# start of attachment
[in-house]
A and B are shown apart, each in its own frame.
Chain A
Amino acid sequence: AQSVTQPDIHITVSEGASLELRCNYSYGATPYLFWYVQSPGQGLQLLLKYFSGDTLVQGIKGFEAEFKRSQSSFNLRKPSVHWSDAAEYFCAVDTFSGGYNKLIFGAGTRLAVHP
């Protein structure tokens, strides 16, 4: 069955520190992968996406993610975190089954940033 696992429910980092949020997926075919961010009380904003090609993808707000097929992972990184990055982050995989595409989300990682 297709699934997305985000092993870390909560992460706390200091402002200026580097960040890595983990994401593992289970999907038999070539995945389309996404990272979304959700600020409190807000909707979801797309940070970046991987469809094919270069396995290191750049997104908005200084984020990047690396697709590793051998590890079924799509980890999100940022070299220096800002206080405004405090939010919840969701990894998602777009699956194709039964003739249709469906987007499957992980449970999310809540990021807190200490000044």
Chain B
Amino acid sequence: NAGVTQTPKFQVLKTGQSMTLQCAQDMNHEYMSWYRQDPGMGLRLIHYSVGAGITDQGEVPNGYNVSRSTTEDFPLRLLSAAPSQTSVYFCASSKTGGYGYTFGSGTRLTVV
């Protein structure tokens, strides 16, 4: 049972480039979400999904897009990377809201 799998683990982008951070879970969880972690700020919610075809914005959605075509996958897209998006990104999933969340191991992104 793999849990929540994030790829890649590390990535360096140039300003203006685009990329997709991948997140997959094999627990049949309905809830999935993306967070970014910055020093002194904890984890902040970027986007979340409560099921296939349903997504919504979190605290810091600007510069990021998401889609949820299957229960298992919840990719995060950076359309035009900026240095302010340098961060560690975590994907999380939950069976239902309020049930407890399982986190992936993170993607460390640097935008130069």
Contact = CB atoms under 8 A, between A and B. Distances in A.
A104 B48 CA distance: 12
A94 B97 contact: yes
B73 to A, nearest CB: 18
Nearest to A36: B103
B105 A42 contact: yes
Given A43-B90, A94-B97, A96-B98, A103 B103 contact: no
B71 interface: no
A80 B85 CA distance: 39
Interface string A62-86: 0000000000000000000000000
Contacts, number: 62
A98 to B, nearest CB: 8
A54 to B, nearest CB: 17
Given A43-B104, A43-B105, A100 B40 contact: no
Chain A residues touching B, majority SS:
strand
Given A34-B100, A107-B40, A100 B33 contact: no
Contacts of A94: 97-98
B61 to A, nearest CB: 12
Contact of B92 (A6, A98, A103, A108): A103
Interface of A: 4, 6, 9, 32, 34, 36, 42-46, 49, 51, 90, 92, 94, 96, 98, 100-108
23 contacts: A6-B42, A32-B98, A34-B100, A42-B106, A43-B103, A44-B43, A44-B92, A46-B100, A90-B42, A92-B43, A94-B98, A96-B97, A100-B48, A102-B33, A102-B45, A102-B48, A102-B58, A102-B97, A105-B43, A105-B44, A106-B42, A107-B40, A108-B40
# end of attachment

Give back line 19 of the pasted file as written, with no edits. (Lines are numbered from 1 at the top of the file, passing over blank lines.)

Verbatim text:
Contacts, number: 62